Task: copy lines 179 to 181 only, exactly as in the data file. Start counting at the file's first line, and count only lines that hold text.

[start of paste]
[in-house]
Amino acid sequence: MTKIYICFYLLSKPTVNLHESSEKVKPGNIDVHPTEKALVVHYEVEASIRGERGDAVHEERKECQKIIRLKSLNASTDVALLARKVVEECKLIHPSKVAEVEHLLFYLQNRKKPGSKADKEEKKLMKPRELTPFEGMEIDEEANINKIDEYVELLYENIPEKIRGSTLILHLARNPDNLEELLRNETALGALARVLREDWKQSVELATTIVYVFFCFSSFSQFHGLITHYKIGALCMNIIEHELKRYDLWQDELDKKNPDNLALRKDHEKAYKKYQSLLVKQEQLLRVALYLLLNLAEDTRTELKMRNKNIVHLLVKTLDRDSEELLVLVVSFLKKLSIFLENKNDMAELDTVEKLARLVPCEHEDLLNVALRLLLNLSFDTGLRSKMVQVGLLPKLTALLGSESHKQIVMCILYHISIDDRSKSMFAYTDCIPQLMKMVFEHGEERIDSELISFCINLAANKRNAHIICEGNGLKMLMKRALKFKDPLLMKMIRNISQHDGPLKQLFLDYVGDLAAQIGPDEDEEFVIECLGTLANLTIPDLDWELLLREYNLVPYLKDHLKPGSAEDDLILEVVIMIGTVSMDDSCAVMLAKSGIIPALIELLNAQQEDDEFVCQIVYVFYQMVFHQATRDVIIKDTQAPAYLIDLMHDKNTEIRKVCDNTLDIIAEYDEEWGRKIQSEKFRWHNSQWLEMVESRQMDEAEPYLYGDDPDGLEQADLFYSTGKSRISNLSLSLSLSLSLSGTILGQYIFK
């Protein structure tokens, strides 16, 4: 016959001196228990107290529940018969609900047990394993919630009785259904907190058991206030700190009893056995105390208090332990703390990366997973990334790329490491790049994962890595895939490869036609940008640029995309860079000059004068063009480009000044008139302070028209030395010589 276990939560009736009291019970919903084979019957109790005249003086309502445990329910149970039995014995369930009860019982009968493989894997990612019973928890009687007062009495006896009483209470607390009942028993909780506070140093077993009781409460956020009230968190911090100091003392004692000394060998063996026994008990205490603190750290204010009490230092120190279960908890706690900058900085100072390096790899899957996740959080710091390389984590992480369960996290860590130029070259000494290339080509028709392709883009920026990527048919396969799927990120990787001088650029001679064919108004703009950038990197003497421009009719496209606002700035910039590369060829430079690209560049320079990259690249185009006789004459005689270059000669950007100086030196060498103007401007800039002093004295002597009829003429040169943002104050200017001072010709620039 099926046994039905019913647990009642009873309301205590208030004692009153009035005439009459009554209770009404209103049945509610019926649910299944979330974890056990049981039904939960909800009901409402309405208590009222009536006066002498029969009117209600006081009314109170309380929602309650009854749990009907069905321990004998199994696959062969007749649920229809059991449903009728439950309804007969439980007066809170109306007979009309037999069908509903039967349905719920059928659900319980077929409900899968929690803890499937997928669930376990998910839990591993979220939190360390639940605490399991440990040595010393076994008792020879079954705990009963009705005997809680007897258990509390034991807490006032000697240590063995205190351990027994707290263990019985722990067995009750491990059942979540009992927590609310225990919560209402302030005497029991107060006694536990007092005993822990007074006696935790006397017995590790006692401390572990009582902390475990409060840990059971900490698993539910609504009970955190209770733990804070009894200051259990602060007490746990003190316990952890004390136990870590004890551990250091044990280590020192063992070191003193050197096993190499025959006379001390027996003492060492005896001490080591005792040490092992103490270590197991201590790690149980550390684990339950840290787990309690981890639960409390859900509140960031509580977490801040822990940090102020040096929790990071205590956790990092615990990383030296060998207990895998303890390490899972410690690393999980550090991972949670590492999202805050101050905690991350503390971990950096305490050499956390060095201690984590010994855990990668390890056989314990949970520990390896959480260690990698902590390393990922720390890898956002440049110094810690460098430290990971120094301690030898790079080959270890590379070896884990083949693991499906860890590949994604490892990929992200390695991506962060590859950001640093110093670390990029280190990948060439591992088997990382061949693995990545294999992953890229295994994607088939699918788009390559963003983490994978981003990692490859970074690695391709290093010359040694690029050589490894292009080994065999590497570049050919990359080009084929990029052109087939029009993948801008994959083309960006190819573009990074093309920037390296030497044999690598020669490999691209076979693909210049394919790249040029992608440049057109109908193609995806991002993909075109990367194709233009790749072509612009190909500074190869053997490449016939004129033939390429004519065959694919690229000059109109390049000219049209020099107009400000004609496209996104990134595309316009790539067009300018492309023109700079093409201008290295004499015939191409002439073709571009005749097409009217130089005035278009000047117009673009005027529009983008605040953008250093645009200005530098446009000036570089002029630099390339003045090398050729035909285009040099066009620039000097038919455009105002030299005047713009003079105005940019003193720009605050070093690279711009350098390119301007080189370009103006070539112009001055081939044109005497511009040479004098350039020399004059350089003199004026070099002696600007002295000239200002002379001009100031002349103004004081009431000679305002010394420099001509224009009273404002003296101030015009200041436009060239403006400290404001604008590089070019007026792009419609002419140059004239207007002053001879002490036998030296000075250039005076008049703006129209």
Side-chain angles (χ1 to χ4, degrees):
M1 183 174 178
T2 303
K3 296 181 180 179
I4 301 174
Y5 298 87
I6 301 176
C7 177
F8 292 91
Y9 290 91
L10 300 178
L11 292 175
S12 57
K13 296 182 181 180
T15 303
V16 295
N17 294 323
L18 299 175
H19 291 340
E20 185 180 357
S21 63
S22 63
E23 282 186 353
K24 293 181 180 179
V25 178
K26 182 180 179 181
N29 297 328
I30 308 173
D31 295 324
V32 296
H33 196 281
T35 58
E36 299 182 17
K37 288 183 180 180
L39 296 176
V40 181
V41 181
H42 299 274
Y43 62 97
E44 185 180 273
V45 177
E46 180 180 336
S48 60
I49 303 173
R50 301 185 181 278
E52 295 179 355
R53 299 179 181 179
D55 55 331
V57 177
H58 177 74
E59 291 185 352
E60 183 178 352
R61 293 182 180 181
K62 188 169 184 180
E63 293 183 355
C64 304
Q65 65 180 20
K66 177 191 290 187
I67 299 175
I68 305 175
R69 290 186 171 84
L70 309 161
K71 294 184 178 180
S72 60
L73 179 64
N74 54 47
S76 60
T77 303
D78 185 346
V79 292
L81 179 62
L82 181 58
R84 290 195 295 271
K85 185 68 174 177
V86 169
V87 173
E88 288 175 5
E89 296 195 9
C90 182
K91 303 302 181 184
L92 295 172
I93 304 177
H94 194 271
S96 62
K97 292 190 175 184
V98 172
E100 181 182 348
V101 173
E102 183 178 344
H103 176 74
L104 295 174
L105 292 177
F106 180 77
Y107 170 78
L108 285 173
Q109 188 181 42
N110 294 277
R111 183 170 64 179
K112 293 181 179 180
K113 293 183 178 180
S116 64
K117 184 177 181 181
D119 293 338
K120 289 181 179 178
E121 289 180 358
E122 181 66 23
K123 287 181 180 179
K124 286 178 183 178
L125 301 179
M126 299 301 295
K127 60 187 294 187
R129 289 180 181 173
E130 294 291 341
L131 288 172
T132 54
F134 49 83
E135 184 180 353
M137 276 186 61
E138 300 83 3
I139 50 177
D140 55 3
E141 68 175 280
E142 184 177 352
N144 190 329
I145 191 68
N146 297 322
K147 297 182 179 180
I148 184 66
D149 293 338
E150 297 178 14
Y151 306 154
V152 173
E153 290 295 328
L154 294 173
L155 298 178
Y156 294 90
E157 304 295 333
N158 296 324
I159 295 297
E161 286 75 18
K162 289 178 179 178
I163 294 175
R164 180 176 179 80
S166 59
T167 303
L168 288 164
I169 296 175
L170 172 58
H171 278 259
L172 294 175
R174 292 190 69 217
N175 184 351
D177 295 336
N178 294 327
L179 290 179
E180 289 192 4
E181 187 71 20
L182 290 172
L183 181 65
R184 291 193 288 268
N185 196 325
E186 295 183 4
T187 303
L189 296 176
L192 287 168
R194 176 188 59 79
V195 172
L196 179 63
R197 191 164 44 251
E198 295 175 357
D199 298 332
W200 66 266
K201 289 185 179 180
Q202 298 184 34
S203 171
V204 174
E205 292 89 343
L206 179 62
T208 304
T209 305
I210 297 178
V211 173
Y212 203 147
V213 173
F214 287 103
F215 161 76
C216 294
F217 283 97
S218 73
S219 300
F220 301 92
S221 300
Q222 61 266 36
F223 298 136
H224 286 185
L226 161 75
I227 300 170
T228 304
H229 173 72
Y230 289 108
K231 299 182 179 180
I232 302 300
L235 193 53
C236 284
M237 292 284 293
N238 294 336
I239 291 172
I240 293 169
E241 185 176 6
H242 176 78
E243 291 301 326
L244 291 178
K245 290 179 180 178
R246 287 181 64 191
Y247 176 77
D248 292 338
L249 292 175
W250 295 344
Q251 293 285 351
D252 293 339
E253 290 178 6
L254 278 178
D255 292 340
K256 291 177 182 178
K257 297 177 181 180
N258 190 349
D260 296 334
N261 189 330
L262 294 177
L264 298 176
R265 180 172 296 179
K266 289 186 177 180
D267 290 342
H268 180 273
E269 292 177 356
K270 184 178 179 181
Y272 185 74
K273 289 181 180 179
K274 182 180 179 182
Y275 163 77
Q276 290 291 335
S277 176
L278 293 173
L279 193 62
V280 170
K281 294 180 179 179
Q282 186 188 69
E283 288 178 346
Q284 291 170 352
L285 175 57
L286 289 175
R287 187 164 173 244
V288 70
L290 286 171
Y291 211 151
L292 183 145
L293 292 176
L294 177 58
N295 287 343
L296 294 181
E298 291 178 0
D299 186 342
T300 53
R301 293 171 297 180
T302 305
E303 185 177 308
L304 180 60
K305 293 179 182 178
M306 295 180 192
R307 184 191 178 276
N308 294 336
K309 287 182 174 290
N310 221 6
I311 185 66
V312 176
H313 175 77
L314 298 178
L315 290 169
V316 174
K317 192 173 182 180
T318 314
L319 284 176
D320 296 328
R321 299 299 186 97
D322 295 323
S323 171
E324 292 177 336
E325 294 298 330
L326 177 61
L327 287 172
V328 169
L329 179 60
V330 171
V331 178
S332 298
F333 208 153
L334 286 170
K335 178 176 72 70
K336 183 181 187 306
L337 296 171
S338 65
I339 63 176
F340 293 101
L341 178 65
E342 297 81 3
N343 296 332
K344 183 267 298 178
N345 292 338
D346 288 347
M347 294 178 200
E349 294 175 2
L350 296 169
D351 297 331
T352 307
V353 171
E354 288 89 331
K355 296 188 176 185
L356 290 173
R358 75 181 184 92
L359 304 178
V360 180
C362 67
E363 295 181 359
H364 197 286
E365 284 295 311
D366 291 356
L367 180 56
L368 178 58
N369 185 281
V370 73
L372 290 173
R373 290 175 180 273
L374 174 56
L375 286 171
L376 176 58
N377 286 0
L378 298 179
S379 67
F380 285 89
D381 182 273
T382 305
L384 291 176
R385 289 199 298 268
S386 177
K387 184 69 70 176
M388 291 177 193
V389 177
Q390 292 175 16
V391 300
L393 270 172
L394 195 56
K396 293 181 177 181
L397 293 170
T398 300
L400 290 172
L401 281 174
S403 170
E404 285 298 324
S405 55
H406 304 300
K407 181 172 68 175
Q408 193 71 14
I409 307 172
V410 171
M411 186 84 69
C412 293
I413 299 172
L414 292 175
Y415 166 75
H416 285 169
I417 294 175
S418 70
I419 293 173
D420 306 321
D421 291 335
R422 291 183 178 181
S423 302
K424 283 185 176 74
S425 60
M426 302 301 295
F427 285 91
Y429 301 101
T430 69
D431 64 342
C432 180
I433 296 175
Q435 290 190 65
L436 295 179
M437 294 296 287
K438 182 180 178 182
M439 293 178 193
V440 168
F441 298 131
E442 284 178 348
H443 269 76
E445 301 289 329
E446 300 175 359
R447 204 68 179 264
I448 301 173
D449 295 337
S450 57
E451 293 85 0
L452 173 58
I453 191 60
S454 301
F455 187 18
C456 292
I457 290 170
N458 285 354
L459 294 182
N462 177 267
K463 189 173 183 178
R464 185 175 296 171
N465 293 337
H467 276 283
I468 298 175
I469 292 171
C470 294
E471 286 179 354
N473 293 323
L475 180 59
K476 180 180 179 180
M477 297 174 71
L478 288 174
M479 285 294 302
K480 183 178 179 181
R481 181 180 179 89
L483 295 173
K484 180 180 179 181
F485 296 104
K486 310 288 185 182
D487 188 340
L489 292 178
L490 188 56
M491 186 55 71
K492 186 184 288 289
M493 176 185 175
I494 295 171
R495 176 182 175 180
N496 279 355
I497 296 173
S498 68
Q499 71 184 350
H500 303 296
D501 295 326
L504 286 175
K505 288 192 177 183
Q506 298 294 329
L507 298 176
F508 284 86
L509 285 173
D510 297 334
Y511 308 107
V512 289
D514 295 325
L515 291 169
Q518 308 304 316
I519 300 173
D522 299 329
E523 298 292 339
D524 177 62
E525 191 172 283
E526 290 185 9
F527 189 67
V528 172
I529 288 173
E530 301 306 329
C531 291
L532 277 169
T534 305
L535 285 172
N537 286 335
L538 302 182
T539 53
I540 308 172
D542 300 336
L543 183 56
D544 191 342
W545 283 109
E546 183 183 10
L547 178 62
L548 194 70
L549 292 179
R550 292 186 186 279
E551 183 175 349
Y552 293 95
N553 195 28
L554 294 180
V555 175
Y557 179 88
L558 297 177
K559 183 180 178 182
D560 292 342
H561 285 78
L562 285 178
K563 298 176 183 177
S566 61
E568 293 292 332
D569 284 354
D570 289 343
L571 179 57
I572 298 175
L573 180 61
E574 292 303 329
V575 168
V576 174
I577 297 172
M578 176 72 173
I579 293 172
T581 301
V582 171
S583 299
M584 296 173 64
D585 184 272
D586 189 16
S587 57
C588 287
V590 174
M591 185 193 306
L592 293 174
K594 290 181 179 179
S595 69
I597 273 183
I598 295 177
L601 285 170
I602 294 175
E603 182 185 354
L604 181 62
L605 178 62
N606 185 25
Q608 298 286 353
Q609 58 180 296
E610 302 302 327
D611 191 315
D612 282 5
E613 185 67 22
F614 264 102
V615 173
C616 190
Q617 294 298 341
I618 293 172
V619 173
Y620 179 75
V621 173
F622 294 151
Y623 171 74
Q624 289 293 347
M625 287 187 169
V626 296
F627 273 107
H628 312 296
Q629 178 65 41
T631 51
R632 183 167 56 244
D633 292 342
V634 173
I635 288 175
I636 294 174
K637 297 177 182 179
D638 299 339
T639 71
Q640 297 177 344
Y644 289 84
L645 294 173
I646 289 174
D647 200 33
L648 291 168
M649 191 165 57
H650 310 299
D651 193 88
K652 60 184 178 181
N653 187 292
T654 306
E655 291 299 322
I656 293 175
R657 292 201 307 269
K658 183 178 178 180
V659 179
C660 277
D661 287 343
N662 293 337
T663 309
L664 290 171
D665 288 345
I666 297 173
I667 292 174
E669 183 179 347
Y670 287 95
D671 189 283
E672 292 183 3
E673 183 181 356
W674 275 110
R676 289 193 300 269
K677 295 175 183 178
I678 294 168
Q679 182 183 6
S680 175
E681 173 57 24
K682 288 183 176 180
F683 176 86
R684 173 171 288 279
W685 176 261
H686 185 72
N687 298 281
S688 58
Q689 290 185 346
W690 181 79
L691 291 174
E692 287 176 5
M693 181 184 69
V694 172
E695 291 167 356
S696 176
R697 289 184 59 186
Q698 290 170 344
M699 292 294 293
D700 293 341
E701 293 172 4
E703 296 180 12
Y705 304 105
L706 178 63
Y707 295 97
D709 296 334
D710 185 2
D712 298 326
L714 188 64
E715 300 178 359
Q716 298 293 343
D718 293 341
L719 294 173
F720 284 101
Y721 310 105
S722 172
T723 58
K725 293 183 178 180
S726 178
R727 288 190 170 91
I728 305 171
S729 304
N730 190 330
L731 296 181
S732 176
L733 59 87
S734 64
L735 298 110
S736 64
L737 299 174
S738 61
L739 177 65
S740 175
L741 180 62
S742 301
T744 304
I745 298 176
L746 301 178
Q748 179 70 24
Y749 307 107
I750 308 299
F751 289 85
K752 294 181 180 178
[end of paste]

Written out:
V204 174
E205 292 89 343
L206 179 62